After extensive internet research and trolling through GR forum posts, I have come to realize the difficulty of the task. While the .rsb bitmap file is easily explainable, no pertinent information about the font resource file is available. This file does not conform to standard Microsoft or C++ resource formats, making a de-compilation by this means impossible. Without access to the GR source code, deciphering the format based on coding structures had no direct method. My only remaining option was attempt manual pattern recognition in the HEX-based resource file.

I assumed the Alpha channel in the bitmap file had a positional relationship between printable characters and the graphical representation. After many tries with character height, width, x and y offsets, etc…, I was able to determine a 10-byte repeating pattern in the resource file. (See following sections for details)

This partial decryption of the file format has allowed me to correct the first problem. It gives the 9MS mod a slightly different look, but does not completely achieve my second goal of a complete font replacement. Further work is needed to develop a complete resource file decryption.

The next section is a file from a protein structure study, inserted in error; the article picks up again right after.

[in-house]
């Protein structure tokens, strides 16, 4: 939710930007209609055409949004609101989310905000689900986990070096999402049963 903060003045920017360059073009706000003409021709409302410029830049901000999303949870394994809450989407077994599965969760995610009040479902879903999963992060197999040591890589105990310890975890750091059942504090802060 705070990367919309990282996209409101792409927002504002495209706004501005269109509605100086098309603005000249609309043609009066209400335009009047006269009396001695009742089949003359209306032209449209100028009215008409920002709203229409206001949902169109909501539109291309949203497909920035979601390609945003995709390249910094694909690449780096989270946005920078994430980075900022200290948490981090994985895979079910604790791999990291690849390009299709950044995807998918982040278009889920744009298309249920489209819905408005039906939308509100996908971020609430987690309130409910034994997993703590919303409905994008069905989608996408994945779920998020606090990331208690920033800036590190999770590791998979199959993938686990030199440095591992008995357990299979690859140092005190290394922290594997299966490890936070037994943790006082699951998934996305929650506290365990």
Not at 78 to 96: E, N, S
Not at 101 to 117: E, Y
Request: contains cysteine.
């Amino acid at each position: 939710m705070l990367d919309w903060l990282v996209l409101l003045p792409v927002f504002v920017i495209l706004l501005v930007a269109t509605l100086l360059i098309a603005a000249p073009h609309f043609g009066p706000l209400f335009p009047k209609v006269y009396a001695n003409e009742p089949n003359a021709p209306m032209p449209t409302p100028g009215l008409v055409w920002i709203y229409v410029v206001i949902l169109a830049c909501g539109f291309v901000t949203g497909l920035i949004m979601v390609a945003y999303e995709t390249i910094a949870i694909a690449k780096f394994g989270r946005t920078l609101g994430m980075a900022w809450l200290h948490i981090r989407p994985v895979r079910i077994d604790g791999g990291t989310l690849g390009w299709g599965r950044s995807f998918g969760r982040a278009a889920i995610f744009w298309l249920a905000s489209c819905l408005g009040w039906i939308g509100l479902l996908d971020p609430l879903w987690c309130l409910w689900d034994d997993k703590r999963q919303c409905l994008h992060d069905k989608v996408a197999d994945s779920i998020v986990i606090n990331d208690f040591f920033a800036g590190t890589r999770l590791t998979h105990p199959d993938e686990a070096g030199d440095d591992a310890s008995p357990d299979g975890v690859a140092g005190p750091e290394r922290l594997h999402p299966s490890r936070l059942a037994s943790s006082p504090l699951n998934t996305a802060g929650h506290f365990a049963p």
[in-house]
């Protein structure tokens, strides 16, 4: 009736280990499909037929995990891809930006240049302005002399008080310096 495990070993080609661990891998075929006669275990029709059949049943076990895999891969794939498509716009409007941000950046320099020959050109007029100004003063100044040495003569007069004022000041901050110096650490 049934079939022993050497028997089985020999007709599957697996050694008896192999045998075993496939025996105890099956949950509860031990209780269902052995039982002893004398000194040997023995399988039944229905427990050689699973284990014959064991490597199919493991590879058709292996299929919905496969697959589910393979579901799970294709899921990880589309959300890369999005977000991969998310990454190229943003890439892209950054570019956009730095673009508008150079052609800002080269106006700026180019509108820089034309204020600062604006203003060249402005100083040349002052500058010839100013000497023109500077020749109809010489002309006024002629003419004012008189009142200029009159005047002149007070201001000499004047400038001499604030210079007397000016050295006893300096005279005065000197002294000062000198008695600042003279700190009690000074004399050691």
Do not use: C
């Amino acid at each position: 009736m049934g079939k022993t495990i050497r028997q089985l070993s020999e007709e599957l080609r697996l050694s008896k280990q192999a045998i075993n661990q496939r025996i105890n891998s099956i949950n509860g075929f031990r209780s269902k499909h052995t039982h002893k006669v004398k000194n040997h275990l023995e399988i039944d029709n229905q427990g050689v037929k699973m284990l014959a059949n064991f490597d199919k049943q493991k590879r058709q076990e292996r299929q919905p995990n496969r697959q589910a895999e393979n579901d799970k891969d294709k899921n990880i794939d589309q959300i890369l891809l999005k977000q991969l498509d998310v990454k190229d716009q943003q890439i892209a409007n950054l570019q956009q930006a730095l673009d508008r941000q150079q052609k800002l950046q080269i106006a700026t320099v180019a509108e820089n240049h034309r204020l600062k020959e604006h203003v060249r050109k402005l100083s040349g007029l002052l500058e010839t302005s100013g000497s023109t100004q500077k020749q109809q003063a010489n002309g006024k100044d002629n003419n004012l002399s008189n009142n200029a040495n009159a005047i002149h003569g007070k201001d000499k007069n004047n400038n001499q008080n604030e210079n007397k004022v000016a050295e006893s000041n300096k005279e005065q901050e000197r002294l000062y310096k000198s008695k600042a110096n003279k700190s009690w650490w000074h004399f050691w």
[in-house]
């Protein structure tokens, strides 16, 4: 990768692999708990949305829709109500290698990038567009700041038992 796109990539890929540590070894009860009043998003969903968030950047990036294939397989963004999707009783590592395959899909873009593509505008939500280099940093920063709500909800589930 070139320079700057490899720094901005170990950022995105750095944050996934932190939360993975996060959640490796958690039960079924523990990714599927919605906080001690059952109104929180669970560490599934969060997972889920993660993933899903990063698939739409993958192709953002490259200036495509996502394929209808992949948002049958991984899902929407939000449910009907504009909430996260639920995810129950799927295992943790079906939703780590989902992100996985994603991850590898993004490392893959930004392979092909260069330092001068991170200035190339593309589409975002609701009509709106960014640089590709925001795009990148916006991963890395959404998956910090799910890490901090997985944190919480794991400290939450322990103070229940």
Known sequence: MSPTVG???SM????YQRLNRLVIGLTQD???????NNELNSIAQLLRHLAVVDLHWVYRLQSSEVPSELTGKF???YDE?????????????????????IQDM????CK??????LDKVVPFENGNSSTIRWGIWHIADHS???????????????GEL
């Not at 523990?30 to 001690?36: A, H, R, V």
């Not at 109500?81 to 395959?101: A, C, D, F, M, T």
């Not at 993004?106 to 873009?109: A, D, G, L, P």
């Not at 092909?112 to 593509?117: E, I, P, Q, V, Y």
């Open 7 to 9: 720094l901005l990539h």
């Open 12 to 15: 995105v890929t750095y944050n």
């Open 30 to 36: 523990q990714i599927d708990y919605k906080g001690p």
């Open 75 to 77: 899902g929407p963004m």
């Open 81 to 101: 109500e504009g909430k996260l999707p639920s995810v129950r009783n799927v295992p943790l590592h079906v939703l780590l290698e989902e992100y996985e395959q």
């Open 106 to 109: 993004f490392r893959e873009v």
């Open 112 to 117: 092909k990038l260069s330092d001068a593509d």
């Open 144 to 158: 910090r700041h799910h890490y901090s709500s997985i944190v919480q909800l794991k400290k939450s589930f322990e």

Section 2: Font Resource File Format

This section explains my current knowledge of the font resource file. A file named font.res in the specified mod /Shell directory will over-ride the font file(s) located in the GR default directories. A corresponding bitmap file must appear in the /Shell/Art sub-directory, else the game will crash at startup.

Example: /Mods/9MS/Shell/font.res

1. The first sections of the HEX file have not been de-crypted, though ASCII representation of the bitmap filename appears here followed by a <LF> character (x0A Line Feed). Another reference to “ike” appears in readable text, but I have not been able to figure out the other entries.

2. The repeating pattern is shown here. Here is an example of how this structure appears to work.

| | | |

00 00 | 00 06 | 00 10 | 00 00 | 01 06

Y1 offset X1 offset Y2 offset ???? | closeout or X-entry closeout? Must match the X1 offset in my experience

character width in pixels

3. Known items:

a. X1 and Y1 positions start the bitmap interpretation of the character.

b. Character width is what is displayed on the game screens

c. Y2 represent the bottom row of pixels displayed by the character bitmap